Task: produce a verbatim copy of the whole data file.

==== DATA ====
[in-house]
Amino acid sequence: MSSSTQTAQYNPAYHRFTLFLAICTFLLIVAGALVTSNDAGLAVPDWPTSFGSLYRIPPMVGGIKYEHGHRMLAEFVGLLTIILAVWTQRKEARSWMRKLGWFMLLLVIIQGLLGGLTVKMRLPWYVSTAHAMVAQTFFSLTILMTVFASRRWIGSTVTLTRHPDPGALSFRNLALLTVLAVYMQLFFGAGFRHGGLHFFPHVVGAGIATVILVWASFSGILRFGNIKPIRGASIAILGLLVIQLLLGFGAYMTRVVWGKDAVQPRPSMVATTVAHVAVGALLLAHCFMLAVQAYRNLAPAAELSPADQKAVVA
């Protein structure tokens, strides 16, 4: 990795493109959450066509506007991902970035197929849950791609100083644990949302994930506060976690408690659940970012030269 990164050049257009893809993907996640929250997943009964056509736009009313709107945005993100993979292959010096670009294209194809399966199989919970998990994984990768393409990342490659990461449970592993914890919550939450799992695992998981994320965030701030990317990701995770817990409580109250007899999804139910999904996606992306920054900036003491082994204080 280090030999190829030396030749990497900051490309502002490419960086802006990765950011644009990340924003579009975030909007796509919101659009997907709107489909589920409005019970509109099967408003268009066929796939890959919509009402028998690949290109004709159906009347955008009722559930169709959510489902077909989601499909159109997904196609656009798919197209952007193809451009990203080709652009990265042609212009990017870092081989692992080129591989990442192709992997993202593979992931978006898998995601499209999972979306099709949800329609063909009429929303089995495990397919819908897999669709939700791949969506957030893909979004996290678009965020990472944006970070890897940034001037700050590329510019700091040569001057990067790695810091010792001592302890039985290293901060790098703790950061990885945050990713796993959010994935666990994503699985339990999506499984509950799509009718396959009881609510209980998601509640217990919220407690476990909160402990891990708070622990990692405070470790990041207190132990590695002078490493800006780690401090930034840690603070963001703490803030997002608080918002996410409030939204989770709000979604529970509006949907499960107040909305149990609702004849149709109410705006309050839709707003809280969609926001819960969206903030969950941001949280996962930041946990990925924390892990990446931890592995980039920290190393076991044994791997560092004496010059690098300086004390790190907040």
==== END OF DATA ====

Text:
[in-house]
Amino acid sequence: MSSSTQTAQYNPAYHRFTLFLAICTFLLIVAGALVTSNDAGLAVPDWPTSFGSLYRIPPMVGGIKYEHGHRMLAEFVGLLTIILAVWTQRKEARSWMRKLGWFMLLLVIIQGLLGGLTVKMRLPWYVSTAHAMVAQTFFSLTILMTVFASRRWIGSTVTLTRHPDPGALSFRNLALLTVLAVYMQLFFGAGFRHGGLHFFPHVVGAGIATVILVWASFSGILRFGNIKPIRGASIAILGLLVIQLLLGFGAYMTRVVWGKDAVQPRPSMVATTVAHVAVGALLLAHCFMLAVQAYRNLAPAAELSPADQKAVVA
């Protein structure tokens, strides 16, 4: 990795493109959450066509506007991902970035197929849950791609100083644990949302994930506060976690408690659940970012030269 990164050049257009893809993907996640929250997943009964056509736009009313709107945005993100993979292959010096670009294209194809399966199989919970998990994984990768393409990342490659990461449970592993914890919550939450799992695992998981994320965030701030990317990701995770817990409580109250007899999804139910999904996606992306920054900036003491082994204080 280090030999190829030396030749990497900051490309502002490419960086802006990765950011644009990340924003579009975030909007796509919101659009997907709107489909589920409005019970509109099967408003268009066929796939890959919509009402028998690949290109004709159906009347955008009722559930169709959510489902077909989601499909159109997904196609656009798919197209952007193809451009990203080709652009990265042609212009990017870092081989692992080129591989990442192709992997993202593979992931978006898998995601499209999972979306099709949800329609063909009429929303089995495990397919819908897999669709939700791949969506957030893909979004996290678009965020990472944006970070890897940034001037700050590329510019700091040569001057990067790695810091010792001592302890039985290293901060790098703790950061990885945050990713796993959010994935666990994503699985339990999506499984509950799509009718396959009881609510209980998601509640217990919220407690476990909160402990891990708070622990990692405070470790990041207190132990590695002078490493800006780690401090930034840690603070963001703490803030997002608080918002996410409030939204989770709000979604529970509006949907499960107040909305149990609702004849149709109410705006309050839709707003809280969609926001819960969206903030969950941001949280996962930041946990990925924390892990990446931890592995980039920290190393076991044994791997560092004496010059690098300086004390790190907040």